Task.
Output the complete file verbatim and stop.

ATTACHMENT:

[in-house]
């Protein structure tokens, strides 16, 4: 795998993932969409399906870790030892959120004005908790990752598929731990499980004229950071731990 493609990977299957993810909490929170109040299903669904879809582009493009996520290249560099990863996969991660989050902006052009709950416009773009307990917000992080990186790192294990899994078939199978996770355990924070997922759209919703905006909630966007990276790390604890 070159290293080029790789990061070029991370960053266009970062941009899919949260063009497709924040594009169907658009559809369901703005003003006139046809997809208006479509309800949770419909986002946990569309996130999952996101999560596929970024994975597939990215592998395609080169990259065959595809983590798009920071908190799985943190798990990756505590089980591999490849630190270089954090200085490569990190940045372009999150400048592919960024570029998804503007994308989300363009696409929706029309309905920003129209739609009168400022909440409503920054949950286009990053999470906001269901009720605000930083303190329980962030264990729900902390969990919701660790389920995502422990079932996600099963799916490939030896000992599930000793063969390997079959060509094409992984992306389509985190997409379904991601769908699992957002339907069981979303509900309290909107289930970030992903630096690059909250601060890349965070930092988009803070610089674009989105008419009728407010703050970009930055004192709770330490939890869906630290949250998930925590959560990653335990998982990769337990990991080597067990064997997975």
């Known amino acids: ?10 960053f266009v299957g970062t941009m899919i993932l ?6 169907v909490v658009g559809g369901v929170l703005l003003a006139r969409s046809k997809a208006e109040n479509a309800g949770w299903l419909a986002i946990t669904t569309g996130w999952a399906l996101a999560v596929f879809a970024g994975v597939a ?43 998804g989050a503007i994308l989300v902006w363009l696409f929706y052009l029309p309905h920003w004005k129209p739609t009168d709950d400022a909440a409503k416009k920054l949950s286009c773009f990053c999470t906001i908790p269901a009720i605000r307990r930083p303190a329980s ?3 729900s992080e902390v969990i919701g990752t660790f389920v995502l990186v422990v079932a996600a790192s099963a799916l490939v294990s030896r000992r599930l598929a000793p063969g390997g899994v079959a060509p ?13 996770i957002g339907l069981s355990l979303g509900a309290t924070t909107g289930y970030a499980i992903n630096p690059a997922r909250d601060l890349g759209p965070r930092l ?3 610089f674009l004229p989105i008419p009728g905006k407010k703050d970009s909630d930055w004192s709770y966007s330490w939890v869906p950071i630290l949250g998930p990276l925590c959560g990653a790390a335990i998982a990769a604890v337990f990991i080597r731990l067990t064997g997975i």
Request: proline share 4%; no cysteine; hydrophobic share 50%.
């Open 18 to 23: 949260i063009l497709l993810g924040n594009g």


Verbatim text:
[in-house]
């Protein structure tokens, strides 16, 4: 795998993932969409399906870790030892959120004005908790990752598929731990499980004229950071731990 493609990977299957993810909490929170109040299903669904879809582009493009996520290249560099990863996969991660989050902006052009709950416009773009307990917000992080990186790192294990899994078939199978996770355990924070997922759209919703905006909630966007990276790390604890 070159290293080029790789990061070029991370960053266009970062941009899919949260063009497709924040594009169907658009559809369901703005003003006139046809997809208006479509309800949770419909986002946990569309996130999952996101999560596929970024994975597939990215592998395609080169990259065959595809983590798009920071908190799985943190798990990756505590089980591999490849630190270089954090200085490569990190940045372009999150400048592919960024570029998804503007994308989300363009696409929706029309309905920003129209739609009168400022909440409503920054949950286009990053999470906001269901009720605000930083303190329980962030264990729900902390969990919701660790389920995502422990079932996600099963799916490939030896000992599930000793063969390997079959060509094409992984992306389509985190997409379904991601769908699992957002339907069981979303509900309290909107289930970030992903630096690059909250601060890349965070930092988009803070610089674009989105008419009728407010703050970009930055004192709770330490939890869906630290949250998930925590959560990653335990998982990769337990990991080597067990064997997975």
């Known amino acids: ?10 960053f266009v299957g970062t941009m899919i993932l ?6 169907v909490v658009g559809g369901v929170l703005l003003a006139r969409s046809k997809a208006e109040n479509a309800g949770w299903l419909a986002i946990t669904t569309g996130w999952a399906l996101a999560v596929f879809a970024g994975v597939a ?43 998804g989050a503007i994308l989300v902006w363009l696409f929706y052009l029309p309905h920003w004005k129209p739609t009168d709950d400022a909440a409503k416009k920054l949950s286009c773009f990053c999470t906001i908790p269901a009720i605000r307990r930083p303190a329980s ?3 729900s992080e902390v969990i919701g990752t660790f389920v995502l990186v422990v079932a996600a790192s099963a799916l490939v294990s030896r000992r599930l598929a000793p063969g390997g899994v079959a060509p ?13 996770i957002g339907l069981s355990l979303g509900a309290t924070t909107g289930y970030a499980i992903n630096p690059a997922r909250d601060l890349g759209p965070r930092l ?3 610089f674009l004229p989105i008419p009728g905006k407010k703050d970009s909630d930055w004192s709770y966007s330490w939890v869906p950071i630290l949250g998930p990276l925590c959560g990653a790390a335990i998982a990769a604890v337990f990991i080597r731990l067990t064997g997975i």
Request: proline share 4%; no cysteine; hydrophobic share 50%.
């Open 18 to 23: 949260i063009l497709l993810g924040n594009g």